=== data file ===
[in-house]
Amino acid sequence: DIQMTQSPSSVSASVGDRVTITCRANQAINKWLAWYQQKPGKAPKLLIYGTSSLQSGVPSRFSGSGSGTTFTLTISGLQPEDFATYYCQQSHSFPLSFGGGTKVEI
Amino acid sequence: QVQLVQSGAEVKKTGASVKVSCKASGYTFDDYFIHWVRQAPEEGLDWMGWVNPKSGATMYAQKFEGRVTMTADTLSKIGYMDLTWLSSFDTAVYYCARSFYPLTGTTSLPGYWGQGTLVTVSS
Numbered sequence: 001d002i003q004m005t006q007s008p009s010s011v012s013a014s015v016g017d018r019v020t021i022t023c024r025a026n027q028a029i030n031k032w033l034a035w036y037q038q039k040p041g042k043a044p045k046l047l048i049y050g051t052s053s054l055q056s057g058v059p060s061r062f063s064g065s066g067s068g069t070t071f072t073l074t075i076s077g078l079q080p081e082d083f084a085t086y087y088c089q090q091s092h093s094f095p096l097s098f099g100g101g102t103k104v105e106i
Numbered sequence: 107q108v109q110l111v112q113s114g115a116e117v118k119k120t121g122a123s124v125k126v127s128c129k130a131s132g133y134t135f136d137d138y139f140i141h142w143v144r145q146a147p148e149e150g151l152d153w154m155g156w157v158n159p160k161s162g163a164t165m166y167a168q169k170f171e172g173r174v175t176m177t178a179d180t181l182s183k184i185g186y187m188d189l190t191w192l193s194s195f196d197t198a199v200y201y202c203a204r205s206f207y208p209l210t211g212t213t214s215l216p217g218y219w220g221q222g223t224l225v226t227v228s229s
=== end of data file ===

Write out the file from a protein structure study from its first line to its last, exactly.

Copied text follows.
[in-house]
Amino acid sequence: DIQMTQSPSSVSASVGDRVTITCRANQAINKWLAWYQQKPGKAPKLLIYGTSSLQSGVPSRFSGSGSGTTFTLTISGLQPEDFATYYCQQSHSFPLSFGGGTKVEI
Amino acid sequence: QVQLVQSGAEVKKTGASVKVSCKASGYTFDDYFIHWVRQAPEEGLDWMGWVNPKSGATMYAQKFEGRVTMTADTLSKIGYMDLTWLSSFDTAVYYCARSFYPLTGTTSLPGYWGQGTLVTVSS
Numbered sequence: 001d002i003q004m005t006q007s008p009s010s011v012s013a014s015v016g017d018r019v020t021i022t023c024r025a026n027q028a029i030n031k032w033l034a035w036y037q038q039k040p041g042k043a044p045k046l047l048i049y050g051t052s053s054l055q056s057g058v059p060s061r062f063s064g065s066g067s068g069t070t071f072t073l074t075i076s077g078l079q080p081e082d083f084a085t086y087y088c089q090q091s092h093s094f095p096l097s098f099g100g101g102t103k104v105e106i
Numbered sequence: 107q108v109q110l111v112q113s114g115a116e117v118k119k120t121g122a123s124v125k126v127s128c129k130a131s132g133y134t135f136d137d138y139f140i141h142w143v144r145q146a147p148e149e150g151l152d153w154m155g156w157v158n159p160k161s162g163a164t165m166y167a168q169k170f171e172g173r174v175t176m177t178a179d180t181l182s183k184i185g186y187m188d189l190t191w192l193s194s195f196d197t198a199v200y201y202c203a204r205s206f207y208p209l210t211g212t213t214s215l216p217g218y219w220g221q222g223t224l225v226t227v228s229s